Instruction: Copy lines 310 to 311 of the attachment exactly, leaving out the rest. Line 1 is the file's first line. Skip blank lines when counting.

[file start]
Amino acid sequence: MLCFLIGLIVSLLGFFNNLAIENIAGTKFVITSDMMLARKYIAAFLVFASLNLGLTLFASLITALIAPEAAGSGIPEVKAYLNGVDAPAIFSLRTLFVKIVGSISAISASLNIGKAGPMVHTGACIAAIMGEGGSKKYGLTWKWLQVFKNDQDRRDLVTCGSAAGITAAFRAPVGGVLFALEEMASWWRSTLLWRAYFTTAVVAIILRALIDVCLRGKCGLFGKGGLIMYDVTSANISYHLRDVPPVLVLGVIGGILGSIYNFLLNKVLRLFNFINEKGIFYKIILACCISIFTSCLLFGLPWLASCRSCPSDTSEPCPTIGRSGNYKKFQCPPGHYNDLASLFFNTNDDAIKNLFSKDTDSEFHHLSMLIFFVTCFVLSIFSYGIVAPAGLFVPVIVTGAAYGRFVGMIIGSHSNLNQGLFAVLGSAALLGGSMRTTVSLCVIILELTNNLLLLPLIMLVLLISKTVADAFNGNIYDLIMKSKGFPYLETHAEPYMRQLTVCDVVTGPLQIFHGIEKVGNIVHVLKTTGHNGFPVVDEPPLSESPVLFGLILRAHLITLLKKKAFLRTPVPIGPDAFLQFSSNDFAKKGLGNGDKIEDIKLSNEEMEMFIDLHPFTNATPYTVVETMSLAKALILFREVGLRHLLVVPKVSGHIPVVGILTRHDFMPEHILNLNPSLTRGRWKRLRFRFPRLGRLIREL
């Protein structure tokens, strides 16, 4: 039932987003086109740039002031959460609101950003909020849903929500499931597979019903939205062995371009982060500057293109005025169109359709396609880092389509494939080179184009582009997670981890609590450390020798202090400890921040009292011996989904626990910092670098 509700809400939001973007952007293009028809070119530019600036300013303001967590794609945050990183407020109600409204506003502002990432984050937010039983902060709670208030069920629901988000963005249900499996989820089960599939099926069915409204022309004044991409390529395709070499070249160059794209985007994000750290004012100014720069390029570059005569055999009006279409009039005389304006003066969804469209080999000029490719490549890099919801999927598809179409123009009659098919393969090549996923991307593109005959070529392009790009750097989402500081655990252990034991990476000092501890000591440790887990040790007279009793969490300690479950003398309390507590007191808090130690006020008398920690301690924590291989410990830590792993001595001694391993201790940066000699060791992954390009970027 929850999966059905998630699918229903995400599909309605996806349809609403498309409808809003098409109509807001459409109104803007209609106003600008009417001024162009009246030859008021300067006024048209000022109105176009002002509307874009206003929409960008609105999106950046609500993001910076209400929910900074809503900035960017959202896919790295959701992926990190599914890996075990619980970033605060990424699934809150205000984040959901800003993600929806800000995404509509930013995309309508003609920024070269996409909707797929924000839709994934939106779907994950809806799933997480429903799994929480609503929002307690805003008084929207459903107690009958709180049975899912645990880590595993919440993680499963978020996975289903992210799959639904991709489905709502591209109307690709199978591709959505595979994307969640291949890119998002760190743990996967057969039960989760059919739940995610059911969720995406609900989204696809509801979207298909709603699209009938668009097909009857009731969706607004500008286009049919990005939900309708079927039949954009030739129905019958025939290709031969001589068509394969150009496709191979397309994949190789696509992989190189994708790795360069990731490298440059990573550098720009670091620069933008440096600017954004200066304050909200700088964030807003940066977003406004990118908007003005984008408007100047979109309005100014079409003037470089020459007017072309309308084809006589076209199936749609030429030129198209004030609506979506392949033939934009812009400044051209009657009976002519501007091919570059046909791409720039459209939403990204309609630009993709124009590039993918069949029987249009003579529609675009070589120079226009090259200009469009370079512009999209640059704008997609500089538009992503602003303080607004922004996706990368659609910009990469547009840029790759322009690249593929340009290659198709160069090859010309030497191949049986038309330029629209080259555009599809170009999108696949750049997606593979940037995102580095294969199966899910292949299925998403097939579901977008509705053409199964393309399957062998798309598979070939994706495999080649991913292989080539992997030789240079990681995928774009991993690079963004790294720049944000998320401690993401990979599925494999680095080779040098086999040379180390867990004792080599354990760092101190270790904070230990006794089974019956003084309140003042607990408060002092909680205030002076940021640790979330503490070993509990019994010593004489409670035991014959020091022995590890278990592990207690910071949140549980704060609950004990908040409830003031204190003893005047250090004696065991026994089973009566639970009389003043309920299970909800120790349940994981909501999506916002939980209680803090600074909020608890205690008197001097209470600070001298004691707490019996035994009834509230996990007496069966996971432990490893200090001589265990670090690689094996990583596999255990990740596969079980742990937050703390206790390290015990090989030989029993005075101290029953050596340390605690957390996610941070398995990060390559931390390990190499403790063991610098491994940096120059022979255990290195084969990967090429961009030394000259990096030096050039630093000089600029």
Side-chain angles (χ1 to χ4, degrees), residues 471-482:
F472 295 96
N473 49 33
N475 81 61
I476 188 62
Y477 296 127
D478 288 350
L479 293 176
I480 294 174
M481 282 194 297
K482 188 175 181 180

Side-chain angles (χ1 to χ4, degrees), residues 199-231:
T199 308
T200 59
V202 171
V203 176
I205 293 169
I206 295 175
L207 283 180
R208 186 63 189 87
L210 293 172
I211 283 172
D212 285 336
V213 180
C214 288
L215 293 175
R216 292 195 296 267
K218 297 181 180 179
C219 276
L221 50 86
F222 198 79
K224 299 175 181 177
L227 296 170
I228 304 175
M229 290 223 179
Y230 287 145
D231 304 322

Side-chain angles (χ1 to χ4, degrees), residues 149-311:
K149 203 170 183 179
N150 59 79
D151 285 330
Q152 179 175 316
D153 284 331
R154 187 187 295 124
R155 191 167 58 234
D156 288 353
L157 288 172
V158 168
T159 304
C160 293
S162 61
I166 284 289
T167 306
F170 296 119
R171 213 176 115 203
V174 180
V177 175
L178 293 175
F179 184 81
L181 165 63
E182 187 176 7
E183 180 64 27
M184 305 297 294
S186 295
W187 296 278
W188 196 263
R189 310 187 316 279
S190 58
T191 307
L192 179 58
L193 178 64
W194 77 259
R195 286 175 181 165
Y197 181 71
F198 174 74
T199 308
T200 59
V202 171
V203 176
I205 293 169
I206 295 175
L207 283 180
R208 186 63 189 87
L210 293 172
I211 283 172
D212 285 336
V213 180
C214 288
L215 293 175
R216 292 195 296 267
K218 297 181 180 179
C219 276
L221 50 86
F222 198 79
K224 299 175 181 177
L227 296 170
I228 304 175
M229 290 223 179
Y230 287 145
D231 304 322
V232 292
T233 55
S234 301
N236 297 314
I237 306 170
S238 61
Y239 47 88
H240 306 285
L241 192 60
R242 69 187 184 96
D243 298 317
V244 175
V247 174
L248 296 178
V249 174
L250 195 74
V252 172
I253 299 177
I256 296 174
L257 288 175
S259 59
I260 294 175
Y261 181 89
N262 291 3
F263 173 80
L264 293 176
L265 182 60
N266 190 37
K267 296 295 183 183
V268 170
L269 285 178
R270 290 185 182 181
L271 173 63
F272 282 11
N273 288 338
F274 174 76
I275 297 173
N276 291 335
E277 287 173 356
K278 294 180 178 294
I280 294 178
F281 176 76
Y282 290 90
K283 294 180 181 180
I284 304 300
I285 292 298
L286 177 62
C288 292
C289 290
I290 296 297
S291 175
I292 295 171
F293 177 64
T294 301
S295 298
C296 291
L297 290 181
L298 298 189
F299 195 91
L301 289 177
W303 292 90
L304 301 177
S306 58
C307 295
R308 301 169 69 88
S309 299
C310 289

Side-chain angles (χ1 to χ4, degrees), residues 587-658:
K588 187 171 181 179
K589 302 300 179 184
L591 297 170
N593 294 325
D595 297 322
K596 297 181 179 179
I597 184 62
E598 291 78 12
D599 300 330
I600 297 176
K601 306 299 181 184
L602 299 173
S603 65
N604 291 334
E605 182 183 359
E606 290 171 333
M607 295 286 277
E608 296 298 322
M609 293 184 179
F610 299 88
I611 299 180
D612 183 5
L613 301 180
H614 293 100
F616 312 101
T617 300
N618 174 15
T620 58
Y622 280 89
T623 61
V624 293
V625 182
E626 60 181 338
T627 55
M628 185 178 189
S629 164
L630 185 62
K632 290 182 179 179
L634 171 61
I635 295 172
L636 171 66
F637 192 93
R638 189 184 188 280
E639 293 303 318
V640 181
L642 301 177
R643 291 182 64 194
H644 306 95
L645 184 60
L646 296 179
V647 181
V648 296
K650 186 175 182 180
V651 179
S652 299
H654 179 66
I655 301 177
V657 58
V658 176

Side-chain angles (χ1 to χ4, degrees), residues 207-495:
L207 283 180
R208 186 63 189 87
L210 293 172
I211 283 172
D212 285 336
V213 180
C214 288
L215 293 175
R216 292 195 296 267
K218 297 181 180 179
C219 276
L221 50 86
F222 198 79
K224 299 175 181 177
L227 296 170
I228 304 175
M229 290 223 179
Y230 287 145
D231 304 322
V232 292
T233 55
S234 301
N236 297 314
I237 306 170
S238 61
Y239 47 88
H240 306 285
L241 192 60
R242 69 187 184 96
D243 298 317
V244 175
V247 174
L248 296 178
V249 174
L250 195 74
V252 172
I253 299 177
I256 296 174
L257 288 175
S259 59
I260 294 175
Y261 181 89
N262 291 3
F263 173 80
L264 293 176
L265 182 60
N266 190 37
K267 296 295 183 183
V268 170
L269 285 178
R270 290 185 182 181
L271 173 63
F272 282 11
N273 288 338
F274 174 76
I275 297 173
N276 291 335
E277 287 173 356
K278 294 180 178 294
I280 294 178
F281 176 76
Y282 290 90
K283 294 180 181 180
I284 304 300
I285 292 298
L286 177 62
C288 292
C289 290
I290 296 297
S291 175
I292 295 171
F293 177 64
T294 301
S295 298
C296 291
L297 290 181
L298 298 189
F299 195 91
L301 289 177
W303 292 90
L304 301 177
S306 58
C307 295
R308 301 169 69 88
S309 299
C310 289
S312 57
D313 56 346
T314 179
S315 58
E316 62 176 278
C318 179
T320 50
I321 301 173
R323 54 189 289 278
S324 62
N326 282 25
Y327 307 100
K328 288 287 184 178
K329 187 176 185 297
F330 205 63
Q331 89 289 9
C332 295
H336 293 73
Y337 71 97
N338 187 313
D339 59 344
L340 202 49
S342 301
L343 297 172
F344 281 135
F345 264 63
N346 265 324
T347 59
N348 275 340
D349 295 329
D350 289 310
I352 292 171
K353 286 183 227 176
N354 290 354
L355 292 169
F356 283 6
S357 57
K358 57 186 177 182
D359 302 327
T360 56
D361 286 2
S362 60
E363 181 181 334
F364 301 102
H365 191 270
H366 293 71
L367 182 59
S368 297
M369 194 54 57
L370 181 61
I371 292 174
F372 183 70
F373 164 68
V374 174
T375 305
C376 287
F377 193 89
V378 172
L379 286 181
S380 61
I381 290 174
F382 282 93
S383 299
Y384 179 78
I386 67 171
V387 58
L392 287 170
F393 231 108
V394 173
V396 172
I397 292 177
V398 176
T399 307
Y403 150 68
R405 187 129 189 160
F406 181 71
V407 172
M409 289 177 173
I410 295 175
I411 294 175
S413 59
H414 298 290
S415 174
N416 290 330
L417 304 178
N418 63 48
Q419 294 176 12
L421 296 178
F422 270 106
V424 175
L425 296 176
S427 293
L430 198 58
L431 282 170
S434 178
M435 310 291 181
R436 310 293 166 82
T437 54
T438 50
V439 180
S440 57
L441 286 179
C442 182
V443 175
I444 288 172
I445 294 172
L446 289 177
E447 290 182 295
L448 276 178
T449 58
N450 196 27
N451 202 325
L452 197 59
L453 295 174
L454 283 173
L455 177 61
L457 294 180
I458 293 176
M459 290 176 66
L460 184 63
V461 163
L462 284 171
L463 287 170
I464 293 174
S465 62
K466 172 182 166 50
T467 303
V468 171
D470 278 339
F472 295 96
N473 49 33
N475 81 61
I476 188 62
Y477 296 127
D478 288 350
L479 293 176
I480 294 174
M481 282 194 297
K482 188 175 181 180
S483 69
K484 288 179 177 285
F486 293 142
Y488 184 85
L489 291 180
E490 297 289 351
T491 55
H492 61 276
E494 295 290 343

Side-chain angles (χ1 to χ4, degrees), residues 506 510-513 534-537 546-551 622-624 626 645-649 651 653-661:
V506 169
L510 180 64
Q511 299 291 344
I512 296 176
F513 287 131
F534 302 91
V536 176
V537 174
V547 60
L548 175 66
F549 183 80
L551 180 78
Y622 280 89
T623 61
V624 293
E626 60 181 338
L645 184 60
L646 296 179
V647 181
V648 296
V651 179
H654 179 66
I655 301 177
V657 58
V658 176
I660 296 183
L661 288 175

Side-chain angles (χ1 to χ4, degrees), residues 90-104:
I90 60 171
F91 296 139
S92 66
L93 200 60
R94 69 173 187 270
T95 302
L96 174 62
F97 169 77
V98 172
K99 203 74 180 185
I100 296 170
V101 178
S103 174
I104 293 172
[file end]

W303 292 90
L304 301 177